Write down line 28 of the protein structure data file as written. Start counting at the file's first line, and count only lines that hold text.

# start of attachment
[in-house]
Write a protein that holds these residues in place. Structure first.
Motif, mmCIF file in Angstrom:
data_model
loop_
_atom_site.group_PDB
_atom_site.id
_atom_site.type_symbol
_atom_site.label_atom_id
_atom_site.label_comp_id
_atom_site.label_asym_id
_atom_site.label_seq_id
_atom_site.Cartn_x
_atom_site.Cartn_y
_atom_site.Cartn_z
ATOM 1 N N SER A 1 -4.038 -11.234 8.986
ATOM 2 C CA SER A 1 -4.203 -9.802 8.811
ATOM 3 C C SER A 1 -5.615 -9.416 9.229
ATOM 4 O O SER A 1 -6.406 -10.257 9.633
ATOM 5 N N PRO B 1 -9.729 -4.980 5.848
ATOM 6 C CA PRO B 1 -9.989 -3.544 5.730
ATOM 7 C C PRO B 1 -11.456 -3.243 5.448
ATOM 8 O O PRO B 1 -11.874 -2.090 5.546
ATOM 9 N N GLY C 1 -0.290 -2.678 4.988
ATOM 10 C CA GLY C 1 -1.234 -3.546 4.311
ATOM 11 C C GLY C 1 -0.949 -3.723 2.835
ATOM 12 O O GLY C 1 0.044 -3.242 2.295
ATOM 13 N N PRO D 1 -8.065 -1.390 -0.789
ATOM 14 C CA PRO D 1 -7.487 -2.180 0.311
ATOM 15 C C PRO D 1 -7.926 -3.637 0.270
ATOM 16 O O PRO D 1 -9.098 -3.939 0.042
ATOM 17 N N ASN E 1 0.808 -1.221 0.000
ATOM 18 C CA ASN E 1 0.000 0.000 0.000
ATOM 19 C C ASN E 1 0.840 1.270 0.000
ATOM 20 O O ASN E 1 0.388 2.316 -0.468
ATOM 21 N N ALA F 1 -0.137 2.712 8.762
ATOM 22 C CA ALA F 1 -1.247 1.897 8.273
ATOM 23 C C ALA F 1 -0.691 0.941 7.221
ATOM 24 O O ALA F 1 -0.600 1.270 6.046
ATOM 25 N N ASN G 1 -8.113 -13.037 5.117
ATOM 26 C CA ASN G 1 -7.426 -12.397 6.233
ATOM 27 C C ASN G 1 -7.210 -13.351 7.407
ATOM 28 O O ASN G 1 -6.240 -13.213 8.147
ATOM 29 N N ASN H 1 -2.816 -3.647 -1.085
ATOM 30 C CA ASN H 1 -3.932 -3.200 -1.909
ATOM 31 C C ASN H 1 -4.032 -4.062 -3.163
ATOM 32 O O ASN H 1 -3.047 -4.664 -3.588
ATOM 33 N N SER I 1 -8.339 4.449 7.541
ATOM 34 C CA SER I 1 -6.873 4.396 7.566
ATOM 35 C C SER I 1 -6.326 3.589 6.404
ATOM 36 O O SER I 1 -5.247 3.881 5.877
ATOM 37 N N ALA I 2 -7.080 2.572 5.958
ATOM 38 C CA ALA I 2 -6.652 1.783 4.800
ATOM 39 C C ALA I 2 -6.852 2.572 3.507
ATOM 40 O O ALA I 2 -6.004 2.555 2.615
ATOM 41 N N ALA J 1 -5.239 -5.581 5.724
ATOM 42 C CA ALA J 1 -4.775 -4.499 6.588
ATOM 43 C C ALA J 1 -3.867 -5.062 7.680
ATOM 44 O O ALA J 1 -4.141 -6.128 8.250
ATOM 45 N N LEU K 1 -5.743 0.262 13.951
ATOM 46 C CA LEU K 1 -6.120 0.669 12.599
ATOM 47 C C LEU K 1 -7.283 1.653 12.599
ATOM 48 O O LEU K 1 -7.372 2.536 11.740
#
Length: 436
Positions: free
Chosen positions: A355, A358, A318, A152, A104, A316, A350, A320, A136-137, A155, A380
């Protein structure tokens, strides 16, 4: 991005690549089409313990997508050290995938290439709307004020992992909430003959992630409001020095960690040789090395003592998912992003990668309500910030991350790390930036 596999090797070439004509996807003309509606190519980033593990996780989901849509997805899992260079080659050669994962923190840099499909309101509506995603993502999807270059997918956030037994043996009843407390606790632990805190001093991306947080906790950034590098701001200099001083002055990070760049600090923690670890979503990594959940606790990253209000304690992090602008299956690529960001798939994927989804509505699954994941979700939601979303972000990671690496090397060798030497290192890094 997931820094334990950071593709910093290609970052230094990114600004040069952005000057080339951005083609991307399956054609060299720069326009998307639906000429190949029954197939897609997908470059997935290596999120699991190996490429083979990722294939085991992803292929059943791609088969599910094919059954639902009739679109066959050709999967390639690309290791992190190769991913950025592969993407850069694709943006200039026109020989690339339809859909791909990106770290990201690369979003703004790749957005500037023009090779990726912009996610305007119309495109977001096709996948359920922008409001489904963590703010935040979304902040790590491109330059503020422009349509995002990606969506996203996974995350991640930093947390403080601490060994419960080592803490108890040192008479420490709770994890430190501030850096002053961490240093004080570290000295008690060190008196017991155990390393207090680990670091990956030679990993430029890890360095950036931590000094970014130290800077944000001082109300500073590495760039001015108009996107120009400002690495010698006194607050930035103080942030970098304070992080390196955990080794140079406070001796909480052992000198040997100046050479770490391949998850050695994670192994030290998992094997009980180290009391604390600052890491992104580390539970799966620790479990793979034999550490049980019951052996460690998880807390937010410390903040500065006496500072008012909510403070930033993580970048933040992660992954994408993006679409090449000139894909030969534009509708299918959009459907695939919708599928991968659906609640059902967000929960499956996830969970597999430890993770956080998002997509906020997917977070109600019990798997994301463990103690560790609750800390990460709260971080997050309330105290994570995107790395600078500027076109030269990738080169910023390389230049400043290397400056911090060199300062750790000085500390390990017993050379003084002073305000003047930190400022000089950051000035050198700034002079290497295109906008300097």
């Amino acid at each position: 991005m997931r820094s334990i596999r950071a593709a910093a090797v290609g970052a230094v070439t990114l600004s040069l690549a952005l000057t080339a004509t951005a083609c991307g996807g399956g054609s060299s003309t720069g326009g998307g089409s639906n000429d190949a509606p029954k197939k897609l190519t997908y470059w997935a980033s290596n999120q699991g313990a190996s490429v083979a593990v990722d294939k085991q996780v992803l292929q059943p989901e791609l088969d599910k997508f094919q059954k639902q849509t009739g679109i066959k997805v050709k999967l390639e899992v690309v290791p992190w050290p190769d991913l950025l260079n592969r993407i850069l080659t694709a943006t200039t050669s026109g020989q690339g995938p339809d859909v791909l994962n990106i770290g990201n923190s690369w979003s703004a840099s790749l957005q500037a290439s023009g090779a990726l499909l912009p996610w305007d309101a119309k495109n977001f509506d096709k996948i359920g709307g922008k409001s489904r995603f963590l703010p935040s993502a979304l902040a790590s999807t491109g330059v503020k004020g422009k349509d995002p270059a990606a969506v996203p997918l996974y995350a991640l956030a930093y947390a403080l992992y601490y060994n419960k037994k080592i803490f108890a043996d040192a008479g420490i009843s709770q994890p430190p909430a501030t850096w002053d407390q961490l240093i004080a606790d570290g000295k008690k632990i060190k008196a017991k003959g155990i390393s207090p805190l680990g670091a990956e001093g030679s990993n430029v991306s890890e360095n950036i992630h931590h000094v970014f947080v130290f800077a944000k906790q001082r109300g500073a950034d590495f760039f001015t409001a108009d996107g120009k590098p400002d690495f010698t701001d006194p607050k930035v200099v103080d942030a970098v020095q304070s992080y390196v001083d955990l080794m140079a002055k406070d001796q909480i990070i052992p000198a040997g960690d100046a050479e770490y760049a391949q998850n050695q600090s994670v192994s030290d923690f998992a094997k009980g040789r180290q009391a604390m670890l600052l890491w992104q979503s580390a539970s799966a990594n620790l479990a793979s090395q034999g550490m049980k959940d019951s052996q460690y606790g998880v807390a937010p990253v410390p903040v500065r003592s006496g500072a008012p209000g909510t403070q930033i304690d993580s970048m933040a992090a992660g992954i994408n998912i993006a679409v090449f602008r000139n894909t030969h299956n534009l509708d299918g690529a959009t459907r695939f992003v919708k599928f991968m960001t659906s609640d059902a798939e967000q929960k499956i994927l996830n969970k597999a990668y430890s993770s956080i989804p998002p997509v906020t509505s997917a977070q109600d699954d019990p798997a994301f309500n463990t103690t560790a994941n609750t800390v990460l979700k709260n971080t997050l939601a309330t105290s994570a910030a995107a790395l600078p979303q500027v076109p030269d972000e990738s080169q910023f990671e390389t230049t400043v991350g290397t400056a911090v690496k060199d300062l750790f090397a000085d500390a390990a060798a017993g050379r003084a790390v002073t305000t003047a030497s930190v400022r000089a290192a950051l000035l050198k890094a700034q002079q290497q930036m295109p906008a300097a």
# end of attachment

ATOM 13 N N PRO D 1 -8.065 -1.390 -0.789